I walked Brick Lane with my boyfriend in the fall of 1998 in search of a curry.

We practically never ate in restaurants because London was and continues to be expensive to those who don’t know its more forgiving places. We were still new to the city and had only figured out a scarce number of the city’s secrets but they were fruitful ones. We were unofficially sub-letting a rent-subsidized apartment from a man who had acquired the right to live there after years of illegal squatting in the same space (he wanted to live with girlfriend without giving up his claim to the space). We had both found work. I held a series of short term jobs from a temp agency and he – the reason who I followed to London, was working for a college friend of his who had started up a wholesale business of third-world crafts with a girl-friend. Our days were busy with work but we had the weekends to explore the city on foot, street by street.

One Saturday afternoon, we decided to splurge on a curry. And where else should we go than Brick Lane? It was famous for being a ‘little India’ of London and having many curry houses.

What do I remember of Brick Lane? I remember a narrow unremarkable street with several blocks featuring Indian restaurants. In front of each stood a skinny Bangladeshi (if I had to guess) man who would kindly entreat us inside. We had no reason to choose one restaurant over an another and had just assumed that they would be all be more or less alike. And so we walked into one of the first ones we passed and were seated in a mostly empty restaurant.

When I look back at it all, I think we should have taken some sort of evasive action when we realized that the complimentary poppadoms we were served were so stale that they were unquestionably days old. But we only months into our relationship and so happy of just being together in the same city and continent that we did not complain or find a reason to leave. Besides, neither of us were really the type to make demands on others. At least, not where we didn’t know our place.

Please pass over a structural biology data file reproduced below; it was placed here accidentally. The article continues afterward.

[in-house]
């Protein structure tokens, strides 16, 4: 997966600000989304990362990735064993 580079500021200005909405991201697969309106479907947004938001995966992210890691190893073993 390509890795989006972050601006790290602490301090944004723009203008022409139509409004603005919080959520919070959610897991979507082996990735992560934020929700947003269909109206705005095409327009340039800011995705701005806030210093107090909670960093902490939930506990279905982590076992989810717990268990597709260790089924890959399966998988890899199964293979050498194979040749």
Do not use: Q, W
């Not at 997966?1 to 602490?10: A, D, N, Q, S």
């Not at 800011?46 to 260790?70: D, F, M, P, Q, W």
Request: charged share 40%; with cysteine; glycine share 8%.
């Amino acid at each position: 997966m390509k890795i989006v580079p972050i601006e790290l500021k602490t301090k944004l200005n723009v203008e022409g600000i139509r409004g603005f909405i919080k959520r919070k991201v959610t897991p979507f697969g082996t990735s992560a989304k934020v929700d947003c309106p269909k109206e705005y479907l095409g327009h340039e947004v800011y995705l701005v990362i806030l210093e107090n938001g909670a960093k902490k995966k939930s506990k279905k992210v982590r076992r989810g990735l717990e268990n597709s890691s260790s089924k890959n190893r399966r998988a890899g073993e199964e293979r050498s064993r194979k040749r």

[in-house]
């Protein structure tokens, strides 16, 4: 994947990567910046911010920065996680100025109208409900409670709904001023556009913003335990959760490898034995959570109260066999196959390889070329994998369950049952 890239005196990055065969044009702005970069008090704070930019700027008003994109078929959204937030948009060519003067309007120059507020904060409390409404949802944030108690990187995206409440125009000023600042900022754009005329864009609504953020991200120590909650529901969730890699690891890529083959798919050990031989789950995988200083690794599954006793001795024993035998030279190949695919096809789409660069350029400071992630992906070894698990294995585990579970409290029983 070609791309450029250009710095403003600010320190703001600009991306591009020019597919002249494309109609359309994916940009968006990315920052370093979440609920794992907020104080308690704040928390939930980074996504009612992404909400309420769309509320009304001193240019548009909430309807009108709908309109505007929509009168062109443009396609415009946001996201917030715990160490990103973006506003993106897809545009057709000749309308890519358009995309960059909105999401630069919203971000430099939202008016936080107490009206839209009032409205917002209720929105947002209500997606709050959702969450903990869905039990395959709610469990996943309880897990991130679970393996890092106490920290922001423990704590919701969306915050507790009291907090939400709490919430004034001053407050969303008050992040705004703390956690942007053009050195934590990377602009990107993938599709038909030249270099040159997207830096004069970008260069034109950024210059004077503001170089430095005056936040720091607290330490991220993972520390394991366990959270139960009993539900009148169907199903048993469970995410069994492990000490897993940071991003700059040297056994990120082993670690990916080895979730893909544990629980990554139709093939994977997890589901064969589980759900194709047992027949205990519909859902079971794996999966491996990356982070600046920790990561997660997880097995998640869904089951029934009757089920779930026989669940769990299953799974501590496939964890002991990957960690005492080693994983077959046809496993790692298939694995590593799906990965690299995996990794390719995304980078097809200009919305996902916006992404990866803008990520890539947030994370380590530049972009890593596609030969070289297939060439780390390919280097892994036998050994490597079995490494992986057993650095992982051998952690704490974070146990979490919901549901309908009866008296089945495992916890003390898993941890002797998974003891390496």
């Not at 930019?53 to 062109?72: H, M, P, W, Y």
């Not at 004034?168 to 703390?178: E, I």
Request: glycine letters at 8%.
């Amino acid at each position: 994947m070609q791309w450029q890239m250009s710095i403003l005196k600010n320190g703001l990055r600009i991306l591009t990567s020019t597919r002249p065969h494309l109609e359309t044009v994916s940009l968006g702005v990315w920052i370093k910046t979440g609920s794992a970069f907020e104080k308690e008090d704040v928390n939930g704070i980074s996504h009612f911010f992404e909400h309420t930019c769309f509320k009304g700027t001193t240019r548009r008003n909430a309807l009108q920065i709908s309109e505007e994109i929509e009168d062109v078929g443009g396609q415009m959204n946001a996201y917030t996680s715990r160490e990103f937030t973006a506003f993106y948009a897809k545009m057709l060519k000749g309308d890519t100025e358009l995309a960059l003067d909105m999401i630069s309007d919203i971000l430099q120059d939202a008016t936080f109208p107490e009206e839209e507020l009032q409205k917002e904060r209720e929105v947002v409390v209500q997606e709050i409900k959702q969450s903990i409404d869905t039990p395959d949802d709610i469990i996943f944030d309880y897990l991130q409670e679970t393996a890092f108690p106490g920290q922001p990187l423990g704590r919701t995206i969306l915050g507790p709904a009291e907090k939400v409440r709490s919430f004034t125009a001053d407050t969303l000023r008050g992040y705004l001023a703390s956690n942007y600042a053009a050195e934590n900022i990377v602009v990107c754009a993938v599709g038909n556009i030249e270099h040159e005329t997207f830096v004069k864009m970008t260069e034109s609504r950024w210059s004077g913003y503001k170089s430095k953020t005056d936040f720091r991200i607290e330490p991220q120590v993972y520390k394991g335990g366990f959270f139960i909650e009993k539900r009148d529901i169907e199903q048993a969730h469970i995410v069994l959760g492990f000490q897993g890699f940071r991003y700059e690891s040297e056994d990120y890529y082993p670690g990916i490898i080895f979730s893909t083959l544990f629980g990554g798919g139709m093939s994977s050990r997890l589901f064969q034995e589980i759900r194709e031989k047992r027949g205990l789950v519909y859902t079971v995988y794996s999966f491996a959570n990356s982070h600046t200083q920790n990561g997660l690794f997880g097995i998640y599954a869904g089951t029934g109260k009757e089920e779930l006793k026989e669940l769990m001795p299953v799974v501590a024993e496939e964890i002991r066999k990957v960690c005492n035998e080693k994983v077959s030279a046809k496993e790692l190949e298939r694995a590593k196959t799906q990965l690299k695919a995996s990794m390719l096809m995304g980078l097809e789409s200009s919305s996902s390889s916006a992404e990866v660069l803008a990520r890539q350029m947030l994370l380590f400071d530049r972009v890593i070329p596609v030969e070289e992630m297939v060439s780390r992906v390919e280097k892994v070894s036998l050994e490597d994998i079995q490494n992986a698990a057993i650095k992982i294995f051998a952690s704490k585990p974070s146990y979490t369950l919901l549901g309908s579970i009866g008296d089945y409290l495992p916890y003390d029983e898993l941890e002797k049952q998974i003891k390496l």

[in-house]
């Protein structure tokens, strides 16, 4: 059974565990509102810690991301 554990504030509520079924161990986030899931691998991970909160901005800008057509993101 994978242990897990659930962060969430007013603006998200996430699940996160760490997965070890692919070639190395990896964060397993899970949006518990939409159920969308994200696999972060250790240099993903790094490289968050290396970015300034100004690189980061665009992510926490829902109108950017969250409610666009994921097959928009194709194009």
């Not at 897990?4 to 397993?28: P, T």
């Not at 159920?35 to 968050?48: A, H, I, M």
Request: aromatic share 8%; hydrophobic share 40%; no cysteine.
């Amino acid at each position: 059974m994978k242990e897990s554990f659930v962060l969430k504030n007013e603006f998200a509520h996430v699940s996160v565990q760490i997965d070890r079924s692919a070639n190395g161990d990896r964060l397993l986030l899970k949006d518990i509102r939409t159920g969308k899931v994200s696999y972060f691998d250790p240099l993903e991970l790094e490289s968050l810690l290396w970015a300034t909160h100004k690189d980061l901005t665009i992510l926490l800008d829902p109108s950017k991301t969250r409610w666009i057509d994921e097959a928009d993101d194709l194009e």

Both of us ordered a balti curry each because we had never had this UK-specific dish before. The balti refers to the small metal wok-like bowl that delivers the curry. I’m not sure whether the bowl’s specific purpose is to allow the customer to tip their container at a precarious angle to allow the thick nasty layer of red grease to collect at one side so it may be avoided, but that’s what we both ended up doing in an attempt to salvage our very expensive and very disappointing first and only curry in London.

We didn’t find what we looking for in Brick Lane.

We thought it’s name was a promise, but it was only a place.


We didn’t find what we were looking for in London, either.


The job that was promised by his old college friend never ended up matching the description that was told to him over the phone mere months prior. Instead of travelling to China and Africa in search of fair trade opportunities with local artisans, my beloved was sent to trade shows to the far off lands of Manchester where he had to sell polished “healing” rocks to the gullible and the desperate. It wasn’t long before there was a confrontation and – and only four months after I had quit my job and moved myself to be with my beloved in London, we had to leave. By Christmas.

My beloved followed me for the next job. And then the next. When he couldn’t find work, he started his own small business in the food industry. We got married. We have two small children. We have not been back to London.

But I have revisited Brick Lane in Horas Perditam through my weaver.

It took some time before she told me so, but I learned that her name Trellis and that she was once a gardener. I told she had a great name for both these endeavours. As we chatted, she would intermittently send me photos as she walked along Brick Lane.

What was I looking for in Brick Lane that was not found so many years ago? What could she help me find now?

On a whim, I asked her if she could find Ganesh on Brick Lane. Ganesh is the elephant-headed god that is oddly endearing to most Hindus and to many non-hindus as well. I thought I may as well give her a specific mission or just an excuse to walk inside the shops of Brick Lane. I also told Trellis what little I knew of the god: Ganesh is known as the remover of obstacles.

As I waited for a reply from Trellis, I idly, flipped open a new tab and read up more about Ganesh online. And what I read made me laugh: Ganesha is known as the bringer of good luck, wealth, and fine foods.

When Trellis returned to chat, she sent me a photo that she had just taken with her camera. In the corner of the frame, you could see the top of a red-bricked building, but the main feature of the photo was a grey sky being parted by blast of sunlight pouring through the clouds.

She typed, “The sun no longer faces the obstacles of clouds. Ganesh has made his presence known.”

If we return to Brick Lane, I don’t think we will try to find a good curry. I will try to find Ganesh, instead.


Mita Williams